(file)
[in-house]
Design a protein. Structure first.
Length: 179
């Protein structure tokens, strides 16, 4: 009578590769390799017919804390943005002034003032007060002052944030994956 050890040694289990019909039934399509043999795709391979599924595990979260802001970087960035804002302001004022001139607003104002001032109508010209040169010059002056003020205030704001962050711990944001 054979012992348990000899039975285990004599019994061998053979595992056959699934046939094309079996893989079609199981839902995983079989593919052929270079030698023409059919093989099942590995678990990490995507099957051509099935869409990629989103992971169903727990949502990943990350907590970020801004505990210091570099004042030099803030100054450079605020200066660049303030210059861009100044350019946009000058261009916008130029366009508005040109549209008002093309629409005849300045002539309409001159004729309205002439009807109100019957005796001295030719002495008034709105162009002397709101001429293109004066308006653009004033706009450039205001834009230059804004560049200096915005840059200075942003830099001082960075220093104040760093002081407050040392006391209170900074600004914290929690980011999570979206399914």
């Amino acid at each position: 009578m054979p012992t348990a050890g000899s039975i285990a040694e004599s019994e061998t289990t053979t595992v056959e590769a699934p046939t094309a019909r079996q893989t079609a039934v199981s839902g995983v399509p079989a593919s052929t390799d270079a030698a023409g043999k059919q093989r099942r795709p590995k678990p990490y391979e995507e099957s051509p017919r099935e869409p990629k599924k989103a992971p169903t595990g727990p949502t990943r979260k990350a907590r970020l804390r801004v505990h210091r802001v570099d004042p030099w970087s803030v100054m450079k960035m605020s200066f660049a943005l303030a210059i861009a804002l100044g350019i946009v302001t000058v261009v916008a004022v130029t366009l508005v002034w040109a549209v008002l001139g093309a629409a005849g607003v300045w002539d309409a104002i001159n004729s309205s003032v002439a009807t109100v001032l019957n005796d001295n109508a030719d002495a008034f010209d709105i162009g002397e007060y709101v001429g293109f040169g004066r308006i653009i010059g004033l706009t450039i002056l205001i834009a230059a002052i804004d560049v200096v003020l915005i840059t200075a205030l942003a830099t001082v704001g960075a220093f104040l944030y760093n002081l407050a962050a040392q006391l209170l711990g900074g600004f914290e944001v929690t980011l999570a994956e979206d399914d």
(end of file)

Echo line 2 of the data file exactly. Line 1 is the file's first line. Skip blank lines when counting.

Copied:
Design a protein. Structure first.